Google Play icon

Delaying gratification, when the reward is under our noses

Share
Posted October 23, 2013
brain
How can some people resist the attraction of immediate pleasures and pursue long-term goals, while others easily succumb and compromise their ultimate expectations? A recent study led by researchers at the Brain and Spine Institute in Paris have found that the brain’s memory systems help in resisting temptations. One factor which might explain the difference in people’s ability to resist temptation might lie in the activity of a deep brain structure: the hippocampus.

 

For decades, economists have been interested in the conflict between smaller-sooner and larger-later rewards. Understanding how humans make inter-temporal choices, such as drinking tonight versus good health later, is crucial for designing insurance policies or anti-alcohol campaigns. This issue has recently been analyzed by brain scanners, during which volunteers were asked to make choices between monetary payoffs, for instance $10 now, versus $11 tomorrow. Using this type of paradigm, scientists found that the dorsolateral part of the prefrontal cortex, a region known to implement behavioral control, was crucial for making the choice to wait for higher but delayed payoffs.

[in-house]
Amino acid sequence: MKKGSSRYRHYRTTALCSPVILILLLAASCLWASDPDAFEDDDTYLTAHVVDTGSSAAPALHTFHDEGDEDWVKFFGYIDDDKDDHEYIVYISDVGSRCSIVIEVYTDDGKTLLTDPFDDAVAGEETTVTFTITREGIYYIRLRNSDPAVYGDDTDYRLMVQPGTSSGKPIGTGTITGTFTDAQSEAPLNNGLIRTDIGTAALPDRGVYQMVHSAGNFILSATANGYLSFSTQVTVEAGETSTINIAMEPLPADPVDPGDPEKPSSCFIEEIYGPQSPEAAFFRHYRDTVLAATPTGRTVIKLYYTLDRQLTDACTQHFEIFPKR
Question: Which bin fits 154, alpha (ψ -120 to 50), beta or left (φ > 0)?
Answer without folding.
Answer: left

Read more at: MedicalXpress

Featured news from related categories:

Technology Org App
Google Play icon
85,613 science & technology articles

Most Popular Articles

  1. New treatment may reverse celiac disease (October 22, 2019)
  2. The World's Energy Storage Powerhouse (November 1, 2019)
  3. Universe is a Sphere and Not Flat After All According to a New Research (November 7, 2019)
  4. "Helical Engine" Proposed by NASA Engineer could Reach 99% the Speed of Light. But could it, really? (October 17, 2019)
  5. ‘Artificial leaf’ successfully produces clean gas (October 22, 2019)

Follow us

Facebook   Twitter   Pinterest   Tumblr   RSS   Newsletter via Email